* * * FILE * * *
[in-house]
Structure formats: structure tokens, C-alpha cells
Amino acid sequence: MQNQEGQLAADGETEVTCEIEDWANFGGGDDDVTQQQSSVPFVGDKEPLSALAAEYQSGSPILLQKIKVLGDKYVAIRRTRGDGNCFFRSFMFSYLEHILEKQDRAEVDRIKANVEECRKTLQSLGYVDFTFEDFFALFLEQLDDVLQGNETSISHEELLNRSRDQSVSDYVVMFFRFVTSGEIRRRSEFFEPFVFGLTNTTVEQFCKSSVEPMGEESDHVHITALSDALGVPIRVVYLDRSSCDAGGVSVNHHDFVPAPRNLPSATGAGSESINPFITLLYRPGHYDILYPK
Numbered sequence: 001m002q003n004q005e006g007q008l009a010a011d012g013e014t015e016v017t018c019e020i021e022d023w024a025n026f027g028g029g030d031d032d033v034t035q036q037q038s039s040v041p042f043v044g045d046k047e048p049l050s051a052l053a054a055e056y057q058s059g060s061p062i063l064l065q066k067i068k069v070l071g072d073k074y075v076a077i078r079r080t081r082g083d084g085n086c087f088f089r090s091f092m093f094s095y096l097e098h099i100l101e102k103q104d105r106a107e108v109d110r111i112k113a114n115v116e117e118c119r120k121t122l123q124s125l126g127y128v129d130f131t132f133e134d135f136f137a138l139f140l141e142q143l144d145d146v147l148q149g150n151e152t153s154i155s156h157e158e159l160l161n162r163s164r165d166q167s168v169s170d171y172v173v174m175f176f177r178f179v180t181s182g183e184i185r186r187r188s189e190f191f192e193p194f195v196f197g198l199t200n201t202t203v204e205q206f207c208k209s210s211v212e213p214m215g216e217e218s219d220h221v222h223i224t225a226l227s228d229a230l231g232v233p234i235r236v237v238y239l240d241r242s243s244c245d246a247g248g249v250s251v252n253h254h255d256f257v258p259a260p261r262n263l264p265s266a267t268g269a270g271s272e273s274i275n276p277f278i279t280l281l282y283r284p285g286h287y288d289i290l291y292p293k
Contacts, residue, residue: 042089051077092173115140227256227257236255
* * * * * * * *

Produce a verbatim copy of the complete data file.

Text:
[in-house]
Structure formats: structure tokens, C-alpha cells
Amino acid sequence: MQNQEGQLAADGETEVTCEIEDWANFGGGDDDVTQQQSSVPFVGDKEPLSALAAEYQSGSPILLQKIKVLGDKYVAIRRTRGDGNCFFRSFMFSYLEHILEKQDRAEVDRIKANVEECRKTLQSLGYVDFTFEDFFALFLEQLDDVLQGNETSISHEELLNRSRDQSVSDYVVMFFRFVTSGEIRRRSEFFEPFVFGLTNTTVEQFCKSSVEPMGEESDHVHITALSDALGVPIRVVYLDRSSCDAGGVSVNHHDFVPAPRNLPSATGAGSESINPFITLLYRPGHYDILYPK
Numbered sequence: 001m002q003n004q005e006g007q008l009a010a011d012g013e014t015e016v017t018c019e020i021e022d023w024a025n026f027g028g029g030d031d032d033v034t035q036q037q038s039s040v041p042f043v044g045d046k047e048p049l050s051a052l053a054a055e056y057q058s059g060s061p062i063l064l065q066k067i068k069v070l071g072d073k074y075v076a077i078r079r080t081r082g083d084g085n086c087f088f089r090s091f092m093f094s095y096l097e098h099i100l101e102k103q104d105r106a107e108v109d110r111i112k113a114n115v116e117e118c119r120k121t122l123q124s125l126g127y128v129d130f131t132f133e134d135f136f137a138l139f140l141e142q143l144d145d146v147l148q149g150n151e152t153s154i155s156h157e158e159l160l161n162r163s164r165d166q167s168v169s170d171y172v173v174m175f176f177r178f179v180t181s182g183e184i185r186r187r188s189e190f191f192e193p194f195v196f197g198l199t200n201t202t203v204e205q206f207c208k209s210s211v212e213p214m215g216e217e218s219d220h221v222h223i224t225a226l227s228d229a230l231g232v233p234i235r236v237v238y239l240d241r242s243s244c245d246a247g248g249v250s251v252n253h254h255d256f257v258p259a260p261r262n263l264p265s266a267t268g269a270g271s272e273s274i275n276p277f278i279t280l281l282y283r284p285g286h287y288d289i290l291y292p293k
Contacts, residue, residue: 042089051077092173115140227256227257236255